In order to improve your fluency and listening skills, it’s absolutely essential that you know and are able to pronounce the verb have in its two different forms. Have has a strong pronunciation /hæv/ when it’s a main verb (meaning own, possess, etc.) and a weak pronunciation /həv/ or /əv/ when it’s an auxiliary verb.
Notice that there are three main differences:
- As a lexical word, the strong form (that is, the main verb) is normally stressed. On the other hand, the weak form (the auxiliary), which is a function word, is usually unstressed.
- In the weak form, the full vowel /æ/ is turned into a schwa /ə/.
- The /h/ is very often dropped because of elision in the weak form.
Let’s see some examples:
Now listen to these recordings from different sources:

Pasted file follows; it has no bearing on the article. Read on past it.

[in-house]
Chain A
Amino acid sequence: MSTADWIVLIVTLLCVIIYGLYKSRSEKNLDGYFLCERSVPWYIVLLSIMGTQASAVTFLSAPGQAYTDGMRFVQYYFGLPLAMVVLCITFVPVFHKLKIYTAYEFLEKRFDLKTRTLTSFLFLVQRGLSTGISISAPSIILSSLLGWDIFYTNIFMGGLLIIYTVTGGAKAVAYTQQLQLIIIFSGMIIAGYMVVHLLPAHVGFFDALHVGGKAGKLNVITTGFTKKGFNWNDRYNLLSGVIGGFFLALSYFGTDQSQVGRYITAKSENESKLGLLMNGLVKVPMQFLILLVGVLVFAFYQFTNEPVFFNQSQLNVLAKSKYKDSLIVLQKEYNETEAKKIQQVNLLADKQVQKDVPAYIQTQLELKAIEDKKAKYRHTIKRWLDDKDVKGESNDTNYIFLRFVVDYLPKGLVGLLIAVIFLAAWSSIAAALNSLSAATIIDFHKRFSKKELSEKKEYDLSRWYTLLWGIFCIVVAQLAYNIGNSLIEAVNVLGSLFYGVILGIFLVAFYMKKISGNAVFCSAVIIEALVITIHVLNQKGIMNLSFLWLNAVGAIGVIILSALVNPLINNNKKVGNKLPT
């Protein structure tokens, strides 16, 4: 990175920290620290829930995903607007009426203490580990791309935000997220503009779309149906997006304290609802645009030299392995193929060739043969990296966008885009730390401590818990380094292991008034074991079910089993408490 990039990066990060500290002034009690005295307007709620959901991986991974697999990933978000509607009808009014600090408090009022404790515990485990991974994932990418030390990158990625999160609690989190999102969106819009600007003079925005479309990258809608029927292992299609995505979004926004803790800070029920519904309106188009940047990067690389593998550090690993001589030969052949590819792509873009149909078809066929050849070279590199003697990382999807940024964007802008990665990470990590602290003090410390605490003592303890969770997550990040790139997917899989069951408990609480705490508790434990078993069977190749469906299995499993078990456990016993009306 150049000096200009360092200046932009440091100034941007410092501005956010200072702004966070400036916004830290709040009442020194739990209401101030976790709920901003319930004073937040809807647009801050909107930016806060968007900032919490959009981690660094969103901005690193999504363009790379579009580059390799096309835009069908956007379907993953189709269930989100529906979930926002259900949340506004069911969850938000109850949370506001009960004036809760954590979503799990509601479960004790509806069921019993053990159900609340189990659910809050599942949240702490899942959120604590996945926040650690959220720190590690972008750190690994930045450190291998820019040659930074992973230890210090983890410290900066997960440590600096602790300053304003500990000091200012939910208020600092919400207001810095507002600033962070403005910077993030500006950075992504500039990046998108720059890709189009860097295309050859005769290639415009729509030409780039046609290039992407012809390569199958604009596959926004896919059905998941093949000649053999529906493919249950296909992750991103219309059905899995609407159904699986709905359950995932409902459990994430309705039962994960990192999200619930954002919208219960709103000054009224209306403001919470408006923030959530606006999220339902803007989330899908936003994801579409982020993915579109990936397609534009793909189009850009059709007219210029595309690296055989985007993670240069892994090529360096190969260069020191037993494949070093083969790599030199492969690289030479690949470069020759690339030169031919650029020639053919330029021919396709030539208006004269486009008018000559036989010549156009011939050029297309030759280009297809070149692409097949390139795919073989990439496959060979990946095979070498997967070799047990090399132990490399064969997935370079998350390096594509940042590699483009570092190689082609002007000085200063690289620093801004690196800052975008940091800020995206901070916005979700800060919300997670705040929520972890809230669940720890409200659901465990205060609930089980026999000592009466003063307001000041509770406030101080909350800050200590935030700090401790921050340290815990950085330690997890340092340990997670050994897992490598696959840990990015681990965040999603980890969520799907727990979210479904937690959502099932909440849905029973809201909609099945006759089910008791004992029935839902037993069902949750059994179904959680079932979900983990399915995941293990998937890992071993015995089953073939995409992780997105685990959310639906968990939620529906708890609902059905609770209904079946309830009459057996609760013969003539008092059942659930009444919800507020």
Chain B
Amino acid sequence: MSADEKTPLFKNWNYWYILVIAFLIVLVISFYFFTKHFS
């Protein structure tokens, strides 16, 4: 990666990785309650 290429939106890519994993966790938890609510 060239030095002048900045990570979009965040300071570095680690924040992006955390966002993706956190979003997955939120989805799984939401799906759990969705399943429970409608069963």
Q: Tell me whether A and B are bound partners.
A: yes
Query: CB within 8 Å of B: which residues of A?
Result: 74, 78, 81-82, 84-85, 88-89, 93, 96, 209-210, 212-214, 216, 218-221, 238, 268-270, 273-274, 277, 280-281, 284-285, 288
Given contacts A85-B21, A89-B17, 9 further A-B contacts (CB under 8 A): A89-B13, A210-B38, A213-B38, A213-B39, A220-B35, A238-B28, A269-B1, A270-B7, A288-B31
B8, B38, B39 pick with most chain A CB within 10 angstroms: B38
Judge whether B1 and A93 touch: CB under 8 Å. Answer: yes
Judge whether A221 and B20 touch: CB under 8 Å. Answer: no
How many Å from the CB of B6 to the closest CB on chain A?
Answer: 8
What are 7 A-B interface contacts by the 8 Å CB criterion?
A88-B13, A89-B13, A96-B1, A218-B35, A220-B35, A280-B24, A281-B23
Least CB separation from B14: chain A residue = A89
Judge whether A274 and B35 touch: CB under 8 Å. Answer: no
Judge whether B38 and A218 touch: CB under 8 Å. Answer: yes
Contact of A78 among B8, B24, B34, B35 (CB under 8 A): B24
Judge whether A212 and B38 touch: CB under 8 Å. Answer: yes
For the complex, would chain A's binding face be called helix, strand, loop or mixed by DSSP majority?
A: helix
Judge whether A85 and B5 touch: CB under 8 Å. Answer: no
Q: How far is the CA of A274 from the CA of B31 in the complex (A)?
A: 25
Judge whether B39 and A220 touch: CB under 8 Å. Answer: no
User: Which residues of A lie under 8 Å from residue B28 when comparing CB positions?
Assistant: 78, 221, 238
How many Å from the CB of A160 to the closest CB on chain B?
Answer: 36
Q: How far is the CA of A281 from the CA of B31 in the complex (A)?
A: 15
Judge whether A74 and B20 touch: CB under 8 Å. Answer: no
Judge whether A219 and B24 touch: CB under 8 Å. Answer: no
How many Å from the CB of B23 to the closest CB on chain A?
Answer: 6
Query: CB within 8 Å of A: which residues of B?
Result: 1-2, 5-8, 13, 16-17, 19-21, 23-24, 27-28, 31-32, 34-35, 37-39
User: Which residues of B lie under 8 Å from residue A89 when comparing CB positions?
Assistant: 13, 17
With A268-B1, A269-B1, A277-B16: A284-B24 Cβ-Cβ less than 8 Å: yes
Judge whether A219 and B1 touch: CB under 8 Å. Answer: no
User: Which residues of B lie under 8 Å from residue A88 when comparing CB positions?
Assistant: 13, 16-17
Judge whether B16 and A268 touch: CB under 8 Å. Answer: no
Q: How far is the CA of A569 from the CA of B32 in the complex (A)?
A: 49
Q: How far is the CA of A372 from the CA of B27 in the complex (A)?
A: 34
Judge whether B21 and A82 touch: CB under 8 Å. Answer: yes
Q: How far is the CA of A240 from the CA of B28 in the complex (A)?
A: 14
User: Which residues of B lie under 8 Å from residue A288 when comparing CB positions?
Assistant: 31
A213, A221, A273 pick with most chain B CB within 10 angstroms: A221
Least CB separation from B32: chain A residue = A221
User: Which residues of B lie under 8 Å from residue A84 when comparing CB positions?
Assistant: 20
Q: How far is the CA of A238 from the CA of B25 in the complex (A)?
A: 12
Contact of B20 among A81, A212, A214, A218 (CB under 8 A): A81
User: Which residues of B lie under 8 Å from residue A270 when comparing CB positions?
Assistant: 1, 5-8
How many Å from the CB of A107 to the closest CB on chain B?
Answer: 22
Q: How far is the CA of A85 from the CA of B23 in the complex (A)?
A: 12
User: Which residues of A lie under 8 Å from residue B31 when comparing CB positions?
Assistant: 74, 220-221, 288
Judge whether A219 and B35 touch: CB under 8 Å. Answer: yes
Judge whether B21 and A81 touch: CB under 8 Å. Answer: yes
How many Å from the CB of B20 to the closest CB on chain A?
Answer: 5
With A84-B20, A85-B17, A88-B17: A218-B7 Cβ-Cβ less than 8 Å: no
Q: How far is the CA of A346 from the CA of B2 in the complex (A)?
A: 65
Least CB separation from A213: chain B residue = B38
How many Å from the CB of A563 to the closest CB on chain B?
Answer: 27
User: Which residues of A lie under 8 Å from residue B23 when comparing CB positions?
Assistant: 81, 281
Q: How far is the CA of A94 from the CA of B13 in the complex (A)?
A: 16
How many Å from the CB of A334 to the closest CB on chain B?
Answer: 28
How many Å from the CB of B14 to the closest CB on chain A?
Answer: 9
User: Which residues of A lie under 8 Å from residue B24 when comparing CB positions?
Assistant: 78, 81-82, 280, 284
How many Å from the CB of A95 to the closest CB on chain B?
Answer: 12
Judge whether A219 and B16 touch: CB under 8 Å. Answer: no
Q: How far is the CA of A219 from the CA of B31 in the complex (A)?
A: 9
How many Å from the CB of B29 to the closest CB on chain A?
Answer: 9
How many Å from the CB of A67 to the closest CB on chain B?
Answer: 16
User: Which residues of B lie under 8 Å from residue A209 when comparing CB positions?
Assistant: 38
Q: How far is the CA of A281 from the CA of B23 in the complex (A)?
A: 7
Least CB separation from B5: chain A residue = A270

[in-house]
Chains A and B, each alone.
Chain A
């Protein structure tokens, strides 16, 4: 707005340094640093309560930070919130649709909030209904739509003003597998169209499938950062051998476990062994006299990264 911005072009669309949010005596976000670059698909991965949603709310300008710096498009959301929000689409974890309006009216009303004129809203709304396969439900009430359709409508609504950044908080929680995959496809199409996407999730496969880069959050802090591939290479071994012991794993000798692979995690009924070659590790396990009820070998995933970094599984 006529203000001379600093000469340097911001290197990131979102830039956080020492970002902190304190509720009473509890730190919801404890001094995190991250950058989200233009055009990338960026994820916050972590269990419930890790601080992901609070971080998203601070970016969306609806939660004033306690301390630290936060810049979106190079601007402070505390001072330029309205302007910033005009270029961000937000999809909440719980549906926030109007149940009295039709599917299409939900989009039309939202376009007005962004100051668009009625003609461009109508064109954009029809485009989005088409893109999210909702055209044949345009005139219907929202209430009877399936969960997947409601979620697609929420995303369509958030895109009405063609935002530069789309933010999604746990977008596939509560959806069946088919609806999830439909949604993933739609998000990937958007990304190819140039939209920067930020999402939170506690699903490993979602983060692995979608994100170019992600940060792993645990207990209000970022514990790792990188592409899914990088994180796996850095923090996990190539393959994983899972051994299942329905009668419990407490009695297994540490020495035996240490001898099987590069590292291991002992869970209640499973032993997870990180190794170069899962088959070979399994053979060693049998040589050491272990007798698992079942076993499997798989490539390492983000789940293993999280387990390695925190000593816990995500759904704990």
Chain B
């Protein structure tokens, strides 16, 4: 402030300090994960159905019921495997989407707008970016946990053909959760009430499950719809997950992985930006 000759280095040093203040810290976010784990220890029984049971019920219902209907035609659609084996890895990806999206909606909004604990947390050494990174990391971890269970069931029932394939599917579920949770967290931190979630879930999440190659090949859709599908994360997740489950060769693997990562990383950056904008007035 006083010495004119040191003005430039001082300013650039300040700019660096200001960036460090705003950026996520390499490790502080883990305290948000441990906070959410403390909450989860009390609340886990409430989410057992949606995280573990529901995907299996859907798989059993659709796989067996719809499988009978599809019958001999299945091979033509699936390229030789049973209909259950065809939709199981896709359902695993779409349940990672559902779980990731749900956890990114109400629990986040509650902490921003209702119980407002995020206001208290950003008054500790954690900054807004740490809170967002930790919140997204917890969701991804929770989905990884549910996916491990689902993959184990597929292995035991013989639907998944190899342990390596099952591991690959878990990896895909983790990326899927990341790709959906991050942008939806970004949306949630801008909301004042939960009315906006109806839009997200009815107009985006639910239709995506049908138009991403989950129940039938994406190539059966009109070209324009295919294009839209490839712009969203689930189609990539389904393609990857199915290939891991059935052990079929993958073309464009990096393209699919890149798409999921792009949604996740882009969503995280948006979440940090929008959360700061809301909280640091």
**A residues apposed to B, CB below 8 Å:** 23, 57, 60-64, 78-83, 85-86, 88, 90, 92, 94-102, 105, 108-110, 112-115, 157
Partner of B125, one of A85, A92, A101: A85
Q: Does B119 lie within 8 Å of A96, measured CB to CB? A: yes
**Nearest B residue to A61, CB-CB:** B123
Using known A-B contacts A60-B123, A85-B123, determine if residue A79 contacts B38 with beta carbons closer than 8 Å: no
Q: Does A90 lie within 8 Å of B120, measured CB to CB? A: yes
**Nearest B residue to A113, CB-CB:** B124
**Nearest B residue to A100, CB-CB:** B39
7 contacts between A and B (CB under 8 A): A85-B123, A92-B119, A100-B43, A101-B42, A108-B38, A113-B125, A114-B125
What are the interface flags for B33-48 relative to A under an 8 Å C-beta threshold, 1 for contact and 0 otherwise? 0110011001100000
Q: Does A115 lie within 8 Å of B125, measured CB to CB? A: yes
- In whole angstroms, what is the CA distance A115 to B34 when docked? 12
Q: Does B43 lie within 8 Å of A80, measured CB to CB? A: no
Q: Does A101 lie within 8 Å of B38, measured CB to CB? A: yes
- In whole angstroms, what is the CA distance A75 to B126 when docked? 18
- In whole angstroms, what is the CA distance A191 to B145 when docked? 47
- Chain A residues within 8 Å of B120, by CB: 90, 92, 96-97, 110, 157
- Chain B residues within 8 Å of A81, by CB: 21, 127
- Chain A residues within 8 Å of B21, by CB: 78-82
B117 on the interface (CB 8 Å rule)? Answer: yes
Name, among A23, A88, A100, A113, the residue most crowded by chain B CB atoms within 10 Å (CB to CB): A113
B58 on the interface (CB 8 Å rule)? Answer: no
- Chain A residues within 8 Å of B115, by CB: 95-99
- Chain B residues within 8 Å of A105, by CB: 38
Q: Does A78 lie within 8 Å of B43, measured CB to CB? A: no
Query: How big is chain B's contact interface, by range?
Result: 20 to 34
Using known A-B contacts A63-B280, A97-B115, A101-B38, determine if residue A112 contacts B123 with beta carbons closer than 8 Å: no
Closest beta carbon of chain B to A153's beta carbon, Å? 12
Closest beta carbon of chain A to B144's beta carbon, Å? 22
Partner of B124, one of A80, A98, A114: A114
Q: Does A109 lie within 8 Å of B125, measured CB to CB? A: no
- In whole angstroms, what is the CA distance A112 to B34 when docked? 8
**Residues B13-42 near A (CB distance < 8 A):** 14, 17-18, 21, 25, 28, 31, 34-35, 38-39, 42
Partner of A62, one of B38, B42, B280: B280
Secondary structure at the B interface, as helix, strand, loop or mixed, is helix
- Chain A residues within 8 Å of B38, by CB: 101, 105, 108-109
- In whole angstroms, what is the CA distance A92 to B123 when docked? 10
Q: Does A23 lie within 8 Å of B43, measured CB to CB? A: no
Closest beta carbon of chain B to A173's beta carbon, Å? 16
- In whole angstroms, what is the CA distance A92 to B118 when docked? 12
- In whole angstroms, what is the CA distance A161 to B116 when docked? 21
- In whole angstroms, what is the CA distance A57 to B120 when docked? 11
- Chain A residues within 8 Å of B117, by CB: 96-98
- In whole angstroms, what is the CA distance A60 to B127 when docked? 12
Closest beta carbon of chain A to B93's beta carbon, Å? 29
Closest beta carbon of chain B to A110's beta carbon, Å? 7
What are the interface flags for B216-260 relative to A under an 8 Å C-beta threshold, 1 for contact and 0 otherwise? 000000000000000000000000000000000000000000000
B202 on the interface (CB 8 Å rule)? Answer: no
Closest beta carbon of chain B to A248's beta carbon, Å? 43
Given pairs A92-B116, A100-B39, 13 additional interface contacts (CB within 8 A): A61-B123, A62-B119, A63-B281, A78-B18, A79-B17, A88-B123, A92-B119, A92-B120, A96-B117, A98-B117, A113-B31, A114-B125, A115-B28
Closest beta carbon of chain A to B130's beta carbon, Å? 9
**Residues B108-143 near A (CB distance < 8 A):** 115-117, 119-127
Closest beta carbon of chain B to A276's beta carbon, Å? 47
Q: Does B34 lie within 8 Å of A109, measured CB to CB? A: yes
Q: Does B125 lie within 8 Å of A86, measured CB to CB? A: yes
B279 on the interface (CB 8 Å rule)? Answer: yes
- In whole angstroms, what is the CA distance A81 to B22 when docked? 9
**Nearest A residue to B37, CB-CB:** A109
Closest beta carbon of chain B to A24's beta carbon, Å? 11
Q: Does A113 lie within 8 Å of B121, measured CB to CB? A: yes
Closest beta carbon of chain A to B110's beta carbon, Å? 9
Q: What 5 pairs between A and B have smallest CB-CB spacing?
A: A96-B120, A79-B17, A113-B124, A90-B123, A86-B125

Have (strong form)
And what we have here are a set of creatures that are predators. They’re very difficult to deal with, you wouldn’t really want to cross them. They have these very strong aggressive qualities. These qualities actually that any leader of this period would’ve aspired to (Sue Brunning, The British Museum).
Have (weak form)
In addition, the sound /v/ is sometimes dropped too (elision of v). So, believe it or not, this leaves the verb have pronounced just as a single phoneme /ə/ -no more, no less-, as you can see in the following recording: